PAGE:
The Threat To Audit Firms. With the number of audit firms capable of certifying to large global public company financials having been reduced to four as a result of the death of Arthur Andersen, the choice of an auditor has been significantly narrowed. To preserve choice, it is vital that the number of firms not be further reduced. Recommendations in the reports include capping auditor liability and issuing federal charters to the largest audit firms. U.S. companies also benefit by preserving choice among auditors. The U.S. Treasury is setting up a broad-based committee to look into the recommendations.
Regulatory Reform. The reports recommend that the SEC adopt principles-based rulemaking coupled with prudential administration like that used by bank regulators here or the FSA in London. This approach, used by the regulators in London and other foreign capital markets, protects investors while reducing costly red tape and encourages companies to correct unintentional violations rather than adopting the enforcement-oriented approach of the SEC. In his interview on page 7, Steve Burdumy points out that his U.S. clients will, in many cases, use London capital markets rather than New York after considering cost and other advantages. Should your company have to endure the inconvenience of using foreign capital markets simply because issuers using our capital markets sometimes confront senseless red tape and ill-considered enforcement actions? Here too, the SEC and PCAOB are moving forward with the most pressing reforms.
Sarbanes-Oxley Burdens. Compliance with Section 404 places disproportionate burdens on smaller companies and foreign companies. Why should U.S. companies have to go to London because the cost and other burdens of Section 404 are so great? The PCAOB has sent to the SEC for approval reforms which go a long way toward relieving these burdens.
Building For The Future - Longer Range Reforms
Encouraging Saving For Retirement. U.S. employees are not saving enough to provide for their retirement. This not only results in depriving our capital markets of funds which would otherwise be invested, it also creates a social burden on the economy when the increasing number of workers who do not have generous employer-financed defined benefits plans retire. The U.S. Chamber Report proposals would create retirement vehicles that would make retirement savings plans more attractive while encouraging more employers to offer such plans. These proposals deserve support by all U.S. businesses and employees.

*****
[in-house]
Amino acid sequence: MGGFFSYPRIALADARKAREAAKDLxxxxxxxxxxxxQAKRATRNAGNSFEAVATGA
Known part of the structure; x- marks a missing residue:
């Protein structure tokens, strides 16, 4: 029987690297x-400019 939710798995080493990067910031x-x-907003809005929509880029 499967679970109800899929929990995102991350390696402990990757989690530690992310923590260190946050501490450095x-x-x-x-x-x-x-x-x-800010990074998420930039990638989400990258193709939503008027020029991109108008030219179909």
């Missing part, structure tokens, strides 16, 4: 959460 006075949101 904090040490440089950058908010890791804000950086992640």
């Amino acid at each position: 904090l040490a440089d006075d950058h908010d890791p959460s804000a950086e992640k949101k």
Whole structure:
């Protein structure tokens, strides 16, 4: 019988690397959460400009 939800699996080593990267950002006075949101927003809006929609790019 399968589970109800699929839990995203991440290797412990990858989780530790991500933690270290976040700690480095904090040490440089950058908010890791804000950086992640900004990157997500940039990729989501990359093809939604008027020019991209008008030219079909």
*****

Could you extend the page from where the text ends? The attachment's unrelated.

Immigration Reform. The Bloomberg/ Schumer Report maintains that our inability to attract foreign talent puts us at a competitive disadvantage. We are educating doctoral candidates in the sciences and mathematics who are not permitted to practice in the U.S. the skills they learned at our finest universities. The immigration proposals pending in Congress only partially address a problem that unless fixed will make it impossible for U.S. businesses to maintain their current leadership in businesses requiring these skills unless they outsource the work abroad.
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The above summary touches on only a few of the recommendations made in the reports. However, it should be clear from the above that your company will benefit immensely from one or more of the individual recommendations and the prosperity that adoption of the recommendations will bring to the U.S. In order to make our readers aware of the positive effects of such recommendations, we are asking our law firm and legal service provider supporters to discuss the individual recommendations in a regular monthly Special Feature which will be published beginning with our September issue.